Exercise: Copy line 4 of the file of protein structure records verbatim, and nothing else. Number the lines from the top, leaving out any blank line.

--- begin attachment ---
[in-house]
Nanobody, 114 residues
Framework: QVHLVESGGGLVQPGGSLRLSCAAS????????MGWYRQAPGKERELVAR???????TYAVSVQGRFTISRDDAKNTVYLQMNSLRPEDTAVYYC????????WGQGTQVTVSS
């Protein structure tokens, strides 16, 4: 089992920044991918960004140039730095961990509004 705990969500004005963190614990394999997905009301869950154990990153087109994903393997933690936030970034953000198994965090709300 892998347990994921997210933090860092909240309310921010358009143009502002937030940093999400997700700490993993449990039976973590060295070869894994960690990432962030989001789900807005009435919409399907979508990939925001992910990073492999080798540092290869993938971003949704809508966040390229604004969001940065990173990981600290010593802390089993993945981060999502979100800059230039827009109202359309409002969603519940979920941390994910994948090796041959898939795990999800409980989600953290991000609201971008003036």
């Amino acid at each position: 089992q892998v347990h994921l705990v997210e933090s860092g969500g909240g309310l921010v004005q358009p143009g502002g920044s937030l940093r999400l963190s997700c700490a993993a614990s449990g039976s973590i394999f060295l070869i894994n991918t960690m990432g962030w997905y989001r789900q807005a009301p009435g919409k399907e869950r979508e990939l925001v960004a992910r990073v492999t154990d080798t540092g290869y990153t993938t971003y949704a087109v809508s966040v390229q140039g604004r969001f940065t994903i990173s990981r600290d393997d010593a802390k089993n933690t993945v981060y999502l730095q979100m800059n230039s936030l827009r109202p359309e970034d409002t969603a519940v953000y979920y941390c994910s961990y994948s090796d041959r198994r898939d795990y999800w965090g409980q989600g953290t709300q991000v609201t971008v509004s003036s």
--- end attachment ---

């Protein structure tokens, strides 16, 4: 089992920044991918960004140039730095961990509004 705990969500004005963190614990394999997905009301869950154990990153087109994903393997933690936030970034953000198994965090709300 892998347990994921997210933090860092909240309310921010358009143009502002937030940093999400997700700490993993449990039976973590060295070869894994960690990432962030989001789900807005009435919409399907979508990939925001992910990073492999080798540092290869993938971003949704809508966040390229604004969001940065990173990981600290010593802390089993993945981060999502979100800059230039827009109202359309409002969603519940979920941390994910994948090796041959898939795990999800409980989600953290991000609201971008003036």